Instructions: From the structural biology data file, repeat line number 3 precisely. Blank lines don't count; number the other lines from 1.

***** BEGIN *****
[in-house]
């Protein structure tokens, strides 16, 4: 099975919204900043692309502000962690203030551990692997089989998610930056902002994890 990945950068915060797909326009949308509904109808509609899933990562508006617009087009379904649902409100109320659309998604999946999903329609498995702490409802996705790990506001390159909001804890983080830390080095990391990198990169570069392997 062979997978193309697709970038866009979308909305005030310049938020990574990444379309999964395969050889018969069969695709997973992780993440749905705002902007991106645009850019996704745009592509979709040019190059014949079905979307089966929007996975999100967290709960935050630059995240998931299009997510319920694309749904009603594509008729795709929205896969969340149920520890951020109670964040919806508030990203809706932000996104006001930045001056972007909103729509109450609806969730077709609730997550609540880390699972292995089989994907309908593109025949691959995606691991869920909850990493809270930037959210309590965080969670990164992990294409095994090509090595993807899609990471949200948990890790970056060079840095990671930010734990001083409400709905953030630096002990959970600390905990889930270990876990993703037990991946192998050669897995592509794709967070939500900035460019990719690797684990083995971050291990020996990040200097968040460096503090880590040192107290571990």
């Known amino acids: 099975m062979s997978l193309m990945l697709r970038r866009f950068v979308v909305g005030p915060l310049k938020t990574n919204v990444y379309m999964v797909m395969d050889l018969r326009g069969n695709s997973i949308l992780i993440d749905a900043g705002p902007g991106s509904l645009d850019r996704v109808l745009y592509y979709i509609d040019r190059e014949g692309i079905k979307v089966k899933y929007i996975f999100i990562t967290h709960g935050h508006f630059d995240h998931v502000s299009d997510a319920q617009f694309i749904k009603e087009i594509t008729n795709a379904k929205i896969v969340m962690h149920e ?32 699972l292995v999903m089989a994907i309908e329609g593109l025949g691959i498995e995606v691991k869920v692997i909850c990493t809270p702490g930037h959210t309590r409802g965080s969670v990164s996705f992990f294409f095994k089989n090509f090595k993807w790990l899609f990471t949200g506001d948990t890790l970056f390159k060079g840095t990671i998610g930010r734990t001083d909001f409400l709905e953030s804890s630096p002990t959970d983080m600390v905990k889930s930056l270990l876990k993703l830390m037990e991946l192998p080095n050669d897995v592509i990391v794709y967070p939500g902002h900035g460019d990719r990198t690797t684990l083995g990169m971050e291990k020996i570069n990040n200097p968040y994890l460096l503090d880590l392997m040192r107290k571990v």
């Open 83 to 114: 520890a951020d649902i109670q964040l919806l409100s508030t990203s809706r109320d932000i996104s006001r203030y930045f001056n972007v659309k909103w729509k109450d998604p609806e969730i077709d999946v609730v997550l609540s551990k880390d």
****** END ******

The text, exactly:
């Known amino acids: 099975m062979s997978l193309m990945l697709r970038r866009f950068v979308v909305g005030p915060l310049k938020t990574n919204v990444y379309m999964v797909m395969d050889l018969r326009g069969n695709s997973i949308l992780i993440d749905a900043g705002p902007g991106s509904l645009d850019r996704v109808l745009y592509y979709i509609d040019r190059e014949g692309i079905k979307v089966k899933y929007i996975f999100i990562t967290h709960g935050h508006f630059d995240h998931v502000s299009d997510a319920q617009f694309i749904k009603e087009i594509t008729n795709a379904k929205i896969v969340m962690h149920e ?32 699972l292995v999903m089989a994907i309908e329609g593109l025949g691959i498995e995606v691991k869920v692997i909850c990493t809270p702490g930037h959210t309590r409802g965080s969670v990164s996705f992990f294409f095994k089989n090509f090595k993807w790990l899609f990471t949200g506001d948990t890790l970056f390159k060079g840095t990671i998610g930010r734990t001083d909001f409400l709905e953030s804890s630096p002990t959970d983080m600390v905990k889930s930056l270990l876990k993703l830390m037990e991946l192998p080095n050669d897995v592509i990391v794709y967070p939500g902002h900035g460019d990719r990198t690797t684990l083995g990169m971050e291990k020996i570069n990040n200097p968040y994890l460096l503090d880590l392997m040192r107290k571990v």